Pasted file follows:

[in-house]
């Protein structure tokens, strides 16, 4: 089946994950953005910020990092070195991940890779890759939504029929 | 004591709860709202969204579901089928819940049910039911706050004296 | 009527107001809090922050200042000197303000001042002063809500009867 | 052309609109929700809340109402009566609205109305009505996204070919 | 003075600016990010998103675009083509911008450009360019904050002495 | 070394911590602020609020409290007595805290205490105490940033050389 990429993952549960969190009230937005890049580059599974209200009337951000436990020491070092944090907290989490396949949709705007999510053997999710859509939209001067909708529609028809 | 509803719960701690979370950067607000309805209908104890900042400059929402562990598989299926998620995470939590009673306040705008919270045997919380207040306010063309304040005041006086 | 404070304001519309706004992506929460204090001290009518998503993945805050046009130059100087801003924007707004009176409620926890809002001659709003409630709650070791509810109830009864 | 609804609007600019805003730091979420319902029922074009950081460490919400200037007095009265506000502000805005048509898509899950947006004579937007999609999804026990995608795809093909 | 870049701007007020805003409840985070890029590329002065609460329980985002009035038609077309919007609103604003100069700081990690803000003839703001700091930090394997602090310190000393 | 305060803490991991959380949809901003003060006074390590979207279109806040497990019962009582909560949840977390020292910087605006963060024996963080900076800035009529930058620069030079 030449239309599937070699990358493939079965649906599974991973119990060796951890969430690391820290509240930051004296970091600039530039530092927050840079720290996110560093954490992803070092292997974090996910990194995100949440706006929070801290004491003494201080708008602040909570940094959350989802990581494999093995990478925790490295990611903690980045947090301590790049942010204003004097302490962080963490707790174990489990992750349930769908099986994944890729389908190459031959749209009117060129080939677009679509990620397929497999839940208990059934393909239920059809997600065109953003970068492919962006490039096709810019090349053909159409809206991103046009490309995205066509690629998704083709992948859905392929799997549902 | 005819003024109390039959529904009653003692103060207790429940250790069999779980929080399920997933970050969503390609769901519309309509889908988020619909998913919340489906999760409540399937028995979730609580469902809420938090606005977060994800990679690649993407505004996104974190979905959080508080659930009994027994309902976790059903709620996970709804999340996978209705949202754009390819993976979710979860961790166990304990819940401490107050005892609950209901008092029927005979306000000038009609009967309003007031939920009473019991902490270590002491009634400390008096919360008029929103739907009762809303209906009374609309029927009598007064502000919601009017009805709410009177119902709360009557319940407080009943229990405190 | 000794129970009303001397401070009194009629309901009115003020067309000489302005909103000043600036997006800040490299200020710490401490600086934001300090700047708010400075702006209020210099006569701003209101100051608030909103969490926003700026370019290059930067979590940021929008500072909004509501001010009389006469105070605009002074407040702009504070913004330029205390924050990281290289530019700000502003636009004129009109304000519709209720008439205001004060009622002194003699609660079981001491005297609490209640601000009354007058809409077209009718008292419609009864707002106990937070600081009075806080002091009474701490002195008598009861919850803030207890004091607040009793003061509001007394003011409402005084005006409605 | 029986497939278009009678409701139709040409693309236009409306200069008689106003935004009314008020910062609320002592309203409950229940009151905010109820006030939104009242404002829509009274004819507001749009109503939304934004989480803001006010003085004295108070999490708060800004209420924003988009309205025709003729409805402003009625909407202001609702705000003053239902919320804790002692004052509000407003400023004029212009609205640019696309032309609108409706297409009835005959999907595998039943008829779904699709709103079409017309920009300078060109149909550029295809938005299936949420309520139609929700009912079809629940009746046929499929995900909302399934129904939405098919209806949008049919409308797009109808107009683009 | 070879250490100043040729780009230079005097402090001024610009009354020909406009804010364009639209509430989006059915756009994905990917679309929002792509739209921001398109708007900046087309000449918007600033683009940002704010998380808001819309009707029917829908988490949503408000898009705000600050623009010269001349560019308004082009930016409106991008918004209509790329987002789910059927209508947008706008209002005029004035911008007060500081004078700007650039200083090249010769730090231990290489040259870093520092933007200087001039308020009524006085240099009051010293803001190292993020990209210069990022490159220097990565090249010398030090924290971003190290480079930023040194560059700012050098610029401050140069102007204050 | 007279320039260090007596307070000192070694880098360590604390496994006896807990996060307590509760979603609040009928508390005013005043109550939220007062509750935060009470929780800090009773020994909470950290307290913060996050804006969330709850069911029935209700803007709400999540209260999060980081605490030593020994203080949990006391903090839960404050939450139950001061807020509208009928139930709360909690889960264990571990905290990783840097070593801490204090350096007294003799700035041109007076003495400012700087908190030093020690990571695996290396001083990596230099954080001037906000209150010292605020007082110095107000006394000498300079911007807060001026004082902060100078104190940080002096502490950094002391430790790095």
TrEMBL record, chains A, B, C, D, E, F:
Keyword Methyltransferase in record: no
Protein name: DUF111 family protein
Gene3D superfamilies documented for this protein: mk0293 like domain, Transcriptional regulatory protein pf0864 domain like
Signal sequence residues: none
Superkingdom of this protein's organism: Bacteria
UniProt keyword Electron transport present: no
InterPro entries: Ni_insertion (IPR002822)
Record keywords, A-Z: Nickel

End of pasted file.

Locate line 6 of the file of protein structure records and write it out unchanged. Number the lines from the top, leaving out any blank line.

Gene3D superfamilies documented for this protein: mk0293 like domain, Transcriptional regulatory protein pf0864 domain like